I put my money on the hero, but I am an optimist and a sucker for a happy ending.

  • July13th

    Dangerous Haiti ? Marti San, Carrefour

    Posted in: Blog

    CNN producer note
    JOHNNYCOLT visited the Marti San neighborhood of Carrefour, Haiti, which he was told is the ‘most dangerous’ neighborhood in the area. There are no signs of restoration and it’s an area riddled with convicts who allegedly escaped during the quake, he said. But, Colt was relieved to meet kind, gentle residents when he was there. ‘As the video shows, I was warned not to go in - and when I dropped my wallet on the street a group of women went out of their way to make sure I got it back,’ he said.
    - zdan, CNN iReport producer

    iReport —
    On July 13th, 2010, we travel to the most dangerous place in Haiti.
    The area known as Carrefour has been described to us as a haven
    for gangs as well as the home of many convicts that have escaped
    incarceration since the devastating earthquake. If one is going
    to understand Haiti, then we have to try and get a feel for Carrefour.
    On this scorching hot day in Haiti, I load up the cameras and take the very nervous Life Addict team straight to the heart of Marti San, Carrefour.

  • July12th

    HAPPY HAITI… Nadine’s story

    Posted in: Blog

    CNN producer note
    JOHNNYCOLT is in Haiti for the six-month anniversary of the earthquake. He met a woman named Nadine, who gave birth to boy one month after her due date. Doctors say the trauma from the earthquake delayed her giving birth. Nadine credits one of CARE’s psycho/social programs for mothers for helping her improve her mental state so she could give birth. Nadine hopes her husband can find work so they can move out of the tent they are living in.
    - zdan, CNN iReport producer

    iReport —
    July 12, 2010, marks the six-month anniversary of the devastating earthquake that has destroyed much of Haiti. We decided to mark the unfortunate occasion by focusing on a story showing the strength of the Haitian people.
    We found that story today when we met Nadine, a woman who has just given birth to a baby boy after being more than a month overdue. The doctors had explained to Nadine that the trauma from the earthquake and her deep state of depression were preventing her pregnancy from moving forward. The fact that Nadine wasn’t eating and felt there was nothing to live for was certainly taking a toll on her unborn baby.
    Pregnant during the earthquake, Nadine lost her five-year-old daughter, her home and the small business she ran before the disaster. Her husband was injured when a wall fell directly on top of him and he is currently unable to work. Nadine and her husband Ajutethomme have three other children scattered about the camps living with relatives and friends. The couple now call Gaston Margon campsite-with its tiny tents and dirt floors-their home. The camp is located in the Marianna neighborhood in a notorious section called Carrefour. This location is considered to be one of the most dangerous places in the world.
    Nadine has recently gone through a psycho/social program for mothers offered by the CARE organization. Nadine gives this program all the credit for helping her find the change of heart and mind that she needed to move forward with her life. Discovering the personal strength she needed, Nadine was able to successfully move forward into the process of birth and becoming a new mother once again.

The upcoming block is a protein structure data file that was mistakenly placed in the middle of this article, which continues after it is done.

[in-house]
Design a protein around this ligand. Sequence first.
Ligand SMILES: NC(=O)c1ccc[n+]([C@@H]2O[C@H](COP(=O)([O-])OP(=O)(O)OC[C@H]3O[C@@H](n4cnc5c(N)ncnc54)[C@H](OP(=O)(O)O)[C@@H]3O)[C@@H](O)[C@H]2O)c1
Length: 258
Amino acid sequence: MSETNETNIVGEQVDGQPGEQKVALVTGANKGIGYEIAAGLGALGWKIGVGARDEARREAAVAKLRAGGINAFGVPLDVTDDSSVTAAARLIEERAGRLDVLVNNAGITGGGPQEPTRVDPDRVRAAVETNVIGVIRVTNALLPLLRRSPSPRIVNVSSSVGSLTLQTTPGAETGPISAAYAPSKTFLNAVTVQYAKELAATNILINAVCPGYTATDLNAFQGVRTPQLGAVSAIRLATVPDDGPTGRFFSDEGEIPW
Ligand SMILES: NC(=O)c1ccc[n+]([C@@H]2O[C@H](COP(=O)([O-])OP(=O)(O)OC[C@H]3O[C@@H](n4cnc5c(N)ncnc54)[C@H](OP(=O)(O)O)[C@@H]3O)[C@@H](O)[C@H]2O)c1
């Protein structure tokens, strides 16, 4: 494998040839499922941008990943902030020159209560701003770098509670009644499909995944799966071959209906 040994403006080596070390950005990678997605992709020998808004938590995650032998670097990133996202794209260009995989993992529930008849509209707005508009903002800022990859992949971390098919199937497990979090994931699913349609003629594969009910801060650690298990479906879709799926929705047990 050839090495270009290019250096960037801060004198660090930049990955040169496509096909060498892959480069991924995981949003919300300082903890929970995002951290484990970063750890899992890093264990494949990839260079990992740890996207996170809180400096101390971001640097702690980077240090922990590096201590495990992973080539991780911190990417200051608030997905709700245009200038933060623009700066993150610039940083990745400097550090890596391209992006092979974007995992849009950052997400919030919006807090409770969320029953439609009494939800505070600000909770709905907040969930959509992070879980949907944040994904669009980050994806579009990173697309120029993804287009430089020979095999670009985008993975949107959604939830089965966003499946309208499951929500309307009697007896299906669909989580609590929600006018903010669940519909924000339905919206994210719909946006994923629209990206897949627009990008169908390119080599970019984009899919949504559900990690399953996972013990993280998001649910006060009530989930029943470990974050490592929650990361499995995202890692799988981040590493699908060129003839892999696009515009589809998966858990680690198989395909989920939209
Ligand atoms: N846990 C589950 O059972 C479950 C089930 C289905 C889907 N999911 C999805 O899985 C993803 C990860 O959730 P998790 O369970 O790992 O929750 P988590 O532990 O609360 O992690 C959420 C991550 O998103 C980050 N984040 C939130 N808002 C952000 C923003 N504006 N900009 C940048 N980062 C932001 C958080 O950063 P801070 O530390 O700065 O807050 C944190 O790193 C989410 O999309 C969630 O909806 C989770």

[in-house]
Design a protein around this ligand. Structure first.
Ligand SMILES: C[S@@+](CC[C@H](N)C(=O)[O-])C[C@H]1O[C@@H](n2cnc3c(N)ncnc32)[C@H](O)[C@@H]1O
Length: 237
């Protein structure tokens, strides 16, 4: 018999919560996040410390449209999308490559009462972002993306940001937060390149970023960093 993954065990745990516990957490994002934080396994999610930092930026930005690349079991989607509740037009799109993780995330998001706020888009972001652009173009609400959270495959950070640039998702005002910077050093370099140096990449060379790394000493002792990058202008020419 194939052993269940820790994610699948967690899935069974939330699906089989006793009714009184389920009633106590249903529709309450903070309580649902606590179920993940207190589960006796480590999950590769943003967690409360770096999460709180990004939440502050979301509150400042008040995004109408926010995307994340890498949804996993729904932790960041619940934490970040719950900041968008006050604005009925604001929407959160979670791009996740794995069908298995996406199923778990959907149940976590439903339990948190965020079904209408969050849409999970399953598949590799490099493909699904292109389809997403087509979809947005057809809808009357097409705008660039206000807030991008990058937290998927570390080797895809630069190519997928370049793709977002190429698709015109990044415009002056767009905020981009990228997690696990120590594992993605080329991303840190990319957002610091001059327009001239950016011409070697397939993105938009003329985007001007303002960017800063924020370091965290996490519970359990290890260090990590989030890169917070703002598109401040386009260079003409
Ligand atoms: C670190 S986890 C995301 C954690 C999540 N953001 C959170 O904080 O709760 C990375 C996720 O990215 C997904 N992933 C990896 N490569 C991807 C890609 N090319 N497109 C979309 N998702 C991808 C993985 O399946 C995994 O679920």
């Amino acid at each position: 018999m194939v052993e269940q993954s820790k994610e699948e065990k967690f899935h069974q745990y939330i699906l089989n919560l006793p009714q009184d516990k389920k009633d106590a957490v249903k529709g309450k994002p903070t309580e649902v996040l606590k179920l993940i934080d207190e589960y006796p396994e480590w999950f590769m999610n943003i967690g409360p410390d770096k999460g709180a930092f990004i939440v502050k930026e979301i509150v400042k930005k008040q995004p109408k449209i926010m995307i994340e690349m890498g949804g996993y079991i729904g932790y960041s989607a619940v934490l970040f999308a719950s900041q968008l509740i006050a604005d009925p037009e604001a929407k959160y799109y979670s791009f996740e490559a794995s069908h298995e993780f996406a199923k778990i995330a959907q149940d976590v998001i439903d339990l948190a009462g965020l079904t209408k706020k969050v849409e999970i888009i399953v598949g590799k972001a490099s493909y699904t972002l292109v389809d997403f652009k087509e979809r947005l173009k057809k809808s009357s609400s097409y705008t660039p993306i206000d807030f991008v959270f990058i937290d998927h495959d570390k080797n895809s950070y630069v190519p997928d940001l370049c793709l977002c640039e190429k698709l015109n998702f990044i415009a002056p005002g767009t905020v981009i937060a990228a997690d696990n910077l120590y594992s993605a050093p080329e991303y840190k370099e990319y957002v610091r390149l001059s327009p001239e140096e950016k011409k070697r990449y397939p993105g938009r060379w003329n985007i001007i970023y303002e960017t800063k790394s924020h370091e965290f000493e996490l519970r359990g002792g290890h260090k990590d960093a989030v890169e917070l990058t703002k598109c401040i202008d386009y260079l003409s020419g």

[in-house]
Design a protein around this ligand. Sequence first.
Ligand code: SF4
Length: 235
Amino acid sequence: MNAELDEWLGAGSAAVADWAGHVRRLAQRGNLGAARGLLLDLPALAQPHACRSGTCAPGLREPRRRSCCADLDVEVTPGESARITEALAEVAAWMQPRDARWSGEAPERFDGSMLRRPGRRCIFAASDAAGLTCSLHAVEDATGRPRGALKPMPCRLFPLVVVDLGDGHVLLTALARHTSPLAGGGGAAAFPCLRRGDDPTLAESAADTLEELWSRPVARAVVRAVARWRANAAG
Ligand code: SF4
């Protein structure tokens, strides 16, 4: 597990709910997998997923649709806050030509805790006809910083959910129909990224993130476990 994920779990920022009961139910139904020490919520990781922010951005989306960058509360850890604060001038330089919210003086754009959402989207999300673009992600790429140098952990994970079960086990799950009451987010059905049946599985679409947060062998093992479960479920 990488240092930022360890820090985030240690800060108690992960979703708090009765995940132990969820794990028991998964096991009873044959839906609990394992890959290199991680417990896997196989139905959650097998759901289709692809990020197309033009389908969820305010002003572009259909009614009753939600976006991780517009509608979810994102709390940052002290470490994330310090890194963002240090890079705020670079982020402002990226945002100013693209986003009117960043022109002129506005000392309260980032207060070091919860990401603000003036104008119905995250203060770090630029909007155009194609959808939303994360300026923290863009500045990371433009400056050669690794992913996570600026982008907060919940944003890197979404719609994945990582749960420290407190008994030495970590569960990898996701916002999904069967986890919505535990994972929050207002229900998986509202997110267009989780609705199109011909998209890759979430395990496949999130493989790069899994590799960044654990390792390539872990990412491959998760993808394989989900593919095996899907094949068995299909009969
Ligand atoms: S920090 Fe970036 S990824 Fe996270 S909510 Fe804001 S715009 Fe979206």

In this episode of Life Addict, we head to the Gaston Margo campsite to see Nadine, her husband and their newborn son within hours of the baby’s arrival.

  • July11th

    NYC to Haiti layover

    Posted in: Blog

    Spartan method
    —— MMS ——
    From: +14043860003/TYPE=PLMN
    Sent: Jul 10, 2010 7:17 AM

    NYC sleeper
    pardon typos
    Sent via BlackBerry by AT&T

    0.smil

  • July11th

    Haiti Post- Earthquake

    Posted in: Blog

    CNN producer note
    JOHNNYCOLT captured these images Sunday, July 11, 2010. The bulk of the footage is shot in downtown Port-au-Prince, Haiti.
    - tyson, CNN iReport producer

    Johnny Colt in Haiti six months after the devastating earthquake.

  • July10th

    The WAILING ROOM: KYRGYZSTAN

    Posted in: Blog

    CNN producer note
    JOHNNYCOLT reported about the violence between the Kyrgyz and Uzbeks this week from Osh, Kyrgyzstan. He was embedded with Spetznaz special forces as they unearthed the bodies of two Kyrgyz police officers that had gone missing weeks before. He was invited to the wailing room, where the officers’ wives and family members cried, shouted and grieved for their loved ones. He learned that this process is typical in Kyrgyzstan. ‘The wailer is actually a person hired to lead the grieving process. The idea being the harder you wail the faster the grieve passes through you,’ he said.
    - zdan, CNN iReport producer

    iReport —
    In this episode of LIFE ADDICT… sojo

    The grieving families of two dead Kyrgyz police officers invite me into their Wailing Room. In a rural village outside the turbulent city of Osh, a memorial service is held in honor of the officers. The men’s bodies were discovered in a makeshift grave after they went missing two weeks prior while entering an Uzbek neighborhood and trying to negotiate for peace. Police arrested six men and that led to discovering the location of their grave. The police officers had been beaten, tortured and killed.

    thank you SHIRIN

    KEY
    SOJO = solo piece
    LAD = team piece
    RAW = unedited & uncut